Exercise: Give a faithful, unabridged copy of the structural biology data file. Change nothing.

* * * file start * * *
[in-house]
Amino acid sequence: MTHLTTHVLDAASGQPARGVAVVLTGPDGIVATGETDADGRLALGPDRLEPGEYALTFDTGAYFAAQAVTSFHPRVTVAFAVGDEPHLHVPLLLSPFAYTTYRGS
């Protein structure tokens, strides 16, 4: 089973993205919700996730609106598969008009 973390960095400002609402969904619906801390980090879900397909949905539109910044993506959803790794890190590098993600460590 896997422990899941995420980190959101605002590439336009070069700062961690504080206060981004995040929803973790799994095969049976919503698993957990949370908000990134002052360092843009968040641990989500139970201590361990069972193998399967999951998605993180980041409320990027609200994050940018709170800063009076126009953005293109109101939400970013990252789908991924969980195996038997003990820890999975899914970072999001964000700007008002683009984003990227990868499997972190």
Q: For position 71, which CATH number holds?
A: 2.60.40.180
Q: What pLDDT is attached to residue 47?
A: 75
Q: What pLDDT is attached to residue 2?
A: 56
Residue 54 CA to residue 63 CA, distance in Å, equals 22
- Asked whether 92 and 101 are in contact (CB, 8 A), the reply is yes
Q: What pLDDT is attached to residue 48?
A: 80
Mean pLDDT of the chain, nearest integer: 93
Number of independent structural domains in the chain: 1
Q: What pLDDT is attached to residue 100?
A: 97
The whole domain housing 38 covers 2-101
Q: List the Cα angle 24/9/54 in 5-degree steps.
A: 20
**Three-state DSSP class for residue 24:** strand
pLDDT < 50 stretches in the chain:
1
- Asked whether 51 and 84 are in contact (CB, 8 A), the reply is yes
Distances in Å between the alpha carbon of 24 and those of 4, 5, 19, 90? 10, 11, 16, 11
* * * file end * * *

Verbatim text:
[in-house]
Amino acid sequence: MTHLTTHVLDAASGQPARGVAVVLTGPDGIVATGETDADGRLALGPDRLEPGEYALTFDTGAYFAAQAVTSFHPRVTVAFAVGDEPHLHVPLLLSPFAYTTYRGS
């Protein structure tokens, strides 16, 4: 089973993205919700996730609106598969008009 973390960095400002609402969904619906801390980090879900397909949905539109910044993506959803790794890190590098993600460590 896997422990899941995420980190959101605002590439336009070069700062961690504080206060981004995040929803973790799994095969049976919503698993957990949370908000990134002052360092843009968040641990989500139970201590361990069972193998399967999951998605993180980041409320990027609200994050940018709170800063009076126009953005293109109101939400970013990252789908991924969980195996038997003990820890999975899914970072999001964000700007008002683009984003990227990868499997972190």
Q: For position 71, which CATH number holds?
A: 2.60.40.180
Q: What pLDDT is attached to residue 47?
A: 75
Q: What pLDDT is attached to residue 2?
A: 56
Residue 54 CA to residue 63 CA, distance in Å, equals 22
- Asked whether 92 and 101 are in contact (CB, 8 A), the reply is yes
Q: What pLDDT is attached to residue 48?
A: 80
Mean pLDDT of the chain, nearest integer: 93
Number of independent structural domains in the chain: 1
Q: What pLDDT is attached to residue 100?
A: 97
The whole domain housing 38 covers 2-101
Q: List the Cα angle 24/9/54 in 5-degree steps.
A: 20
**Three-state DSSP class for residue 24:** strand
pLDDT < 50 stretches in the chain:
1
- Asked whether 51 and 84 are in contact (CB, 8 A), the reply is yes
Distances in Å between the alpha carbon of 24 and those of 4, 5, 19, 90? 10, 11, 16, 11